This is some really long text to take up some space for Firefox and force the page to take up 100% of the available screen width. This style should not be deleted.

    Chronic Viral Diseases Branch (CVDB) Mission Statement

    To control and prevent chronic neoplastic of viral infections as well as chronic fatiguing illnesses of unknown etiology (such as chronic fatigue syndrome) through excellence in the design and execution of population-based epidemiology and laboratory studies addressing the totality of these problems with the best methods from multiple disciplines.

    Specifically, CVDB:
    1.Conducts surveillance and hypothesis-driven clinical studies of chronic fatigue syndrome (CFS);
    2.Develops novel genomic and proteomic laboratory assays to be used in studies of CFS;
    3.Develops bioinformatics techniques to elucidate the pathophysiology of CFS and similar medically unexplained illnesses;
    4.Develops, executes, and evaluates medical and public education programs to decrease morbidity associated with CFS;
    5.Conducts laboratory-based epidemiologic studies of human papillomavirus (HPV) infection and cervical cancer to enable effective control and prevention;
    6.Conducts research concerning human immune responses to HPV, CFS, and other related unexplained or chronic illnesses;
    7.Develops, evaluates, and improves reagents/methods for rapid diagnosis of HPV, CFS, and other related unexplained or chronic illnesses;
    8.Provides epidemiology, molecular biology, bioinformatics, diagnostic serology/virology, and immunology consultation and collaboration to national and international organizations concerning control and prevention of CFS, cervical cancer, and related chronic or medically unexplained illnesses; and
    9.Provides expert assistance and consultation to national and international investigators and organizations regarding sequelae of viral infections.

  7. fightingbluehen says:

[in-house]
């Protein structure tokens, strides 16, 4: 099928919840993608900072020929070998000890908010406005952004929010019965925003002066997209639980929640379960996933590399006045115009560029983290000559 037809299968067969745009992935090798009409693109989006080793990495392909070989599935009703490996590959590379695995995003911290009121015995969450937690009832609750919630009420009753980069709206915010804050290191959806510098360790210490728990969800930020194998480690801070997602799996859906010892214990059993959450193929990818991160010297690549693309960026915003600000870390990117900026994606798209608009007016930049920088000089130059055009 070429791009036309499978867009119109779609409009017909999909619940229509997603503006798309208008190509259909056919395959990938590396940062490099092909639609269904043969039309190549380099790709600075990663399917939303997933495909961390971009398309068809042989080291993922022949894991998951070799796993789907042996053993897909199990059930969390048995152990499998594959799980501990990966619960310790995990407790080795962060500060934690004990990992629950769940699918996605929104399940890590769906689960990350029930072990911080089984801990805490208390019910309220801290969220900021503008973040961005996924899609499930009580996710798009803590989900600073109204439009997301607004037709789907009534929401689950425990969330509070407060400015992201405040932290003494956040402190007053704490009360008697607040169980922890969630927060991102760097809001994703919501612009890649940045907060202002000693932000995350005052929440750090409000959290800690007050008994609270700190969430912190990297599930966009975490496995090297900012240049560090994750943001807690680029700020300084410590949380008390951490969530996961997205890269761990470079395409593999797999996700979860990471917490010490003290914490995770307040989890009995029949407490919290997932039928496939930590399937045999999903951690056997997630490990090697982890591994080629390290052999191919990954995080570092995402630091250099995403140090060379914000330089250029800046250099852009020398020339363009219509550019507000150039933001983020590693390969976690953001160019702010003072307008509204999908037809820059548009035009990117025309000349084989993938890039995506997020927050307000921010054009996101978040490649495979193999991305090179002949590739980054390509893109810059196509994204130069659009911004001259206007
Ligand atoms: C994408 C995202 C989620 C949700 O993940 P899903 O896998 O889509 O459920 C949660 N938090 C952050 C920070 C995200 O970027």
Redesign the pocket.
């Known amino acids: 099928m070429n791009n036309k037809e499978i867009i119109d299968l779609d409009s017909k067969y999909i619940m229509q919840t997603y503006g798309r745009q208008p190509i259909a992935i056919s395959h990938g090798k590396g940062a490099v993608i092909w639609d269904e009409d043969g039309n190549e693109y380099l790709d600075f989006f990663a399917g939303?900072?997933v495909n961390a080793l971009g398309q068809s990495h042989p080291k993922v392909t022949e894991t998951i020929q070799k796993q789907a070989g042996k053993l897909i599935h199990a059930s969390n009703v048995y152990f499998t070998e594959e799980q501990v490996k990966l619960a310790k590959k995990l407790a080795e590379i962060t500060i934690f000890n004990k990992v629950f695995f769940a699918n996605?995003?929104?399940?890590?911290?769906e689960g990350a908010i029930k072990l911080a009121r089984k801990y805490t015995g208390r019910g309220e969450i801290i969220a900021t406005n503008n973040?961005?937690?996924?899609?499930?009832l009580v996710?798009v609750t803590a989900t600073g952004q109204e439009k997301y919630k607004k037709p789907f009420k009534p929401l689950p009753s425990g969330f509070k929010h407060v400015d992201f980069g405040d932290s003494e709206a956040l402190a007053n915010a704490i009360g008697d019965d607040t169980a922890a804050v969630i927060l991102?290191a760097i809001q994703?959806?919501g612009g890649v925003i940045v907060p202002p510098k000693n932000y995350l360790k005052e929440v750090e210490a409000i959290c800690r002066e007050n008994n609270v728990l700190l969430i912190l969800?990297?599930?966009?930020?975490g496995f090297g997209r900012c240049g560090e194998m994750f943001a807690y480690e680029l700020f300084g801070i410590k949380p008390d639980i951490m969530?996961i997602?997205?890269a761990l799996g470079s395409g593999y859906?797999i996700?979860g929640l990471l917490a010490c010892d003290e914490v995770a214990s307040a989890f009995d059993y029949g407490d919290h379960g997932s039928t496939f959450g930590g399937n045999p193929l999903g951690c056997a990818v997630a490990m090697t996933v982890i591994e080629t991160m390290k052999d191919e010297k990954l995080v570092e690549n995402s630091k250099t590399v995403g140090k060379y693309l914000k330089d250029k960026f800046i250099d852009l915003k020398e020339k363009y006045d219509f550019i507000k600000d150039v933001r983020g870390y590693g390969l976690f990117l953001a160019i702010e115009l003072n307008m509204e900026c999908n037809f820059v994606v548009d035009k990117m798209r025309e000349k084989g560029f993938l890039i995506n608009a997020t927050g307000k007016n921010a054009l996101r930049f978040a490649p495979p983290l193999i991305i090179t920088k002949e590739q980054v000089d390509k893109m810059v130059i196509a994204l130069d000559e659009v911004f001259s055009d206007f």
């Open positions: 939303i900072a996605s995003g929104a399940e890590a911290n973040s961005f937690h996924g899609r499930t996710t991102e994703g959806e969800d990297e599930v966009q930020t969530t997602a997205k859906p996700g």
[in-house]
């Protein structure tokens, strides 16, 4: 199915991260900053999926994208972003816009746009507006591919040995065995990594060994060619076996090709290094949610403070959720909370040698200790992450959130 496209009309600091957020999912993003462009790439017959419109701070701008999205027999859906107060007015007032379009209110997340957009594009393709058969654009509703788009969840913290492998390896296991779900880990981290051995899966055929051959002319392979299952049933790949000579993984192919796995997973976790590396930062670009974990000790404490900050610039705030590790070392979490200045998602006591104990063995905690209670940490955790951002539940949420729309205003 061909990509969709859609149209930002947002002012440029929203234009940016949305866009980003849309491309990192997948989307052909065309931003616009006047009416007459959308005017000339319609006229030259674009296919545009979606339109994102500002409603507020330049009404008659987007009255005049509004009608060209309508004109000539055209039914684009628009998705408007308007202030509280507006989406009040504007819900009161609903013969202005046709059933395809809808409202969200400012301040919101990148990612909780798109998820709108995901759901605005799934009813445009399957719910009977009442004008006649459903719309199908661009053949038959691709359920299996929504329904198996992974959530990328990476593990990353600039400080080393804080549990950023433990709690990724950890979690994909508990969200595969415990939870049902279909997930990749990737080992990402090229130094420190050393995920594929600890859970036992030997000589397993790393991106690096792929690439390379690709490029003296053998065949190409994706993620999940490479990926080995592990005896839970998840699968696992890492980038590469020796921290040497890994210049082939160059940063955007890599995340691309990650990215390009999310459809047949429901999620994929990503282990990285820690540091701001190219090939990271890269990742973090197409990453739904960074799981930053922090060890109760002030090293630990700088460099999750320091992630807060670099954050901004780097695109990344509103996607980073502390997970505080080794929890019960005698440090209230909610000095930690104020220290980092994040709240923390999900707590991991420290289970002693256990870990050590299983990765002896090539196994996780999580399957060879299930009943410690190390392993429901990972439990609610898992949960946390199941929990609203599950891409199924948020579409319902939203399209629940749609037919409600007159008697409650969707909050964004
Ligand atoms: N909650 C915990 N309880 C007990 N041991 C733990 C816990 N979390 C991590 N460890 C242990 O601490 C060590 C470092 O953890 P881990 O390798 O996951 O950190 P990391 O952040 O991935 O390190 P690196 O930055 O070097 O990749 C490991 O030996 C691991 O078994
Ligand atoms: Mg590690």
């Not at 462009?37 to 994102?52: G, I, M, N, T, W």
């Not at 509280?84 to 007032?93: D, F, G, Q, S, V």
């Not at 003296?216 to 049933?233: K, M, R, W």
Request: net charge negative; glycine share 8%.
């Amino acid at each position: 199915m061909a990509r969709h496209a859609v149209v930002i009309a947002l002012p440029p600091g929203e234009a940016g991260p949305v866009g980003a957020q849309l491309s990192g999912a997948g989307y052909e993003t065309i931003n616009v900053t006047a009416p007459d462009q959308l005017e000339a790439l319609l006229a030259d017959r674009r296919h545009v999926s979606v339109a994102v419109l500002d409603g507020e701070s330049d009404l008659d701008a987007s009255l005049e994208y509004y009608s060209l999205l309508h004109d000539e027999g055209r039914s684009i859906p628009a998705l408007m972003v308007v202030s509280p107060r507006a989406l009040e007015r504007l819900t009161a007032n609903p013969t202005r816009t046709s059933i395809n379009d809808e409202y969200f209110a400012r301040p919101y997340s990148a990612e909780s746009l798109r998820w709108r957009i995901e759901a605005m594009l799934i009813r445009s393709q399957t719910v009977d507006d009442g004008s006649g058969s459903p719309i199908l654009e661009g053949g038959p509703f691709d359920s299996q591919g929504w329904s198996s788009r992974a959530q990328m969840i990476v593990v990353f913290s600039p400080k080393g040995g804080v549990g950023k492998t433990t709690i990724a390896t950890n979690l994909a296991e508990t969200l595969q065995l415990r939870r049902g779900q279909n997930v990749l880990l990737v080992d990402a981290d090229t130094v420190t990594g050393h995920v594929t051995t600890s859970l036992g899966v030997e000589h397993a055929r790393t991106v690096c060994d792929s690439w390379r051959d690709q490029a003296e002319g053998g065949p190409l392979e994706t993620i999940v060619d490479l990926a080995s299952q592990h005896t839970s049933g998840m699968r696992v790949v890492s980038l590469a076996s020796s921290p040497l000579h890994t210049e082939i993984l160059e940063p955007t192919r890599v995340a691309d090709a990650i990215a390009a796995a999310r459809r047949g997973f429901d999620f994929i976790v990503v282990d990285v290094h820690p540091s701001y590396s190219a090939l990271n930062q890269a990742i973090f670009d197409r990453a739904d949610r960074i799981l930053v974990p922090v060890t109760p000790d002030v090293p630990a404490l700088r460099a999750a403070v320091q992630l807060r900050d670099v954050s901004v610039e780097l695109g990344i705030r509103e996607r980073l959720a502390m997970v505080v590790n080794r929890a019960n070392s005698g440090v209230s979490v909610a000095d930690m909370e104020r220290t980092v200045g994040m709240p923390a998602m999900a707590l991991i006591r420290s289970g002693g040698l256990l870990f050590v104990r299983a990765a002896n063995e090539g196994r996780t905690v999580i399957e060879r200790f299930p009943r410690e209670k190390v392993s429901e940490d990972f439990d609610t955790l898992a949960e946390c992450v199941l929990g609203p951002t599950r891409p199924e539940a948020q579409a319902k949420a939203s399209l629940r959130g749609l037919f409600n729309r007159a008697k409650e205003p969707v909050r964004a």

The point is that there are resources being dedicated to something that most likely doesn’t even exist, while at the same time, they can’t even execute a basic function of the CDC, which is to make sure someone shows up in a hazmat suit.

  8. fightingbluehen says:

    If someone looked into it, and found that the CDC is dedicating a disproportionately high amount of funds and resources to their climate change program, in lieu of the current situation, it would be a big story I believe.

  9. Dave says:

    When I get a chance I’ll pull their budget and let you know much they are spending. It won’t be exact because they don’t use phrases like “global warming”

  10. Dave says:

    P.S. Protocols do not call for hazmat suits in every situation

  11. fightingbluehen says:

    “they don’t use phrases like “global warming””

    No, it’s the CDC’s Climate and Health Program, but it’s all based on global warming or “climate change” as they now say. I’ve tried looking through the PDFs for the allocations, but had no luck in the 5 min that I dedicated to it.

    BTW, I just used the “hazmat suit” comment as sort of an idiom to basically mean standard operating procedure, or just plain showing up.

  12. Dave says:

    2012 – $8.165M
    2013 – $6.714M
    2014 – $6.995M
    2015 – $6.995M President’s Budget Proposal

  13. fightingbluehen says:

    Those seem to be the numbers, but when you look at the expanded mission statement of this CDC program it doesn’t even seem feasible that the budget allowance would even cover the travel costs of the program, much less the implementation. Maybe there is nothing to see here. I’ve been wrong before.